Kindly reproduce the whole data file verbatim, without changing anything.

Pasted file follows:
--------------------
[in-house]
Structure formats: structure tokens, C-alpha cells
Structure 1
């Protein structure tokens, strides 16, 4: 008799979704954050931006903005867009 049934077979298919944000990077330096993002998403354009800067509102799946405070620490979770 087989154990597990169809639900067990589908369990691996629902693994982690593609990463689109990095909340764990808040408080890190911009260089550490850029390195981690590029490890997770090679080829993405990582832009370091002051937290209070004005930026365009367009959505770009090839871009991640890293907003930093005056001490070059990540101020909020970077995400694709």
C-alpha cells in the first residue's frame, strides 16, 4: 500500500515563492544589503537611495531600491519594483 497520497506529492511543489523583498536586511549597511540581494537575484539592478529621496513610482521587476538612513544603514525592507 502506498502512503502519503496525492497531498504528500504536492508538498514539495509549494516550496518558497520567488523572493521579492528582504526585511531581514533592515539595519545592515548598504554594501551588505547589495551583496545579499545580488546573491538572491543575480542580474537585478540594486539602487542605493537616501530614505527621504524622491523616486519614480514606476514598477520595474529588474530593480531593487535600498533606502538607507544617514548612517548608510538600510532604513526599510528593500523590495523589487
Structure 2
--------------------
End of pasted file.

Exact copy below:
[in-house]
Structure formats: structure tokens, C-alpha cells
Structure 1
């Protein structure tokens, strides 16, 4: 008799979704954050931006903005867009 049934077979298919944000990077330096993002998403354009800067509102799946405070620490979770 087989154990597990169809639900067990589908369990691996629902693994982690593609990463689109990095909340764990808040408080890190911009260089550490850029390195981690590029490890997770090679080829993405990582832009370091002051937290209070004005930026365009367009959505770009090839871009991640890293907003930093005056001490070059990540101020909020970077995400694709």
C-alpha cells in the first residue's frame, strides 16, 4: 500500500515563492544589503537611495531600491519594483 497520497506529492511543489523583498536586511549597511540581494537575484539592478529621496513610482521587476538612513544603514525592507 502506498502512503502519503496525492497531498504528500504536492508538498514539495509549494516550496518558497520567488523572493521579492528582504526585511531581514533592515539595519545592515548598504554594501551588505547589495551583496545579499545580488546573491538572491543575480542580474537585478540594486539602487542605493537616501530614505527621504524622491523616486519614480514606476514598477520595474529588474530593480531593487535600498533606502538607507544617514548612517548608510538600510532604513526599510528593500523590495523589487
Structure 2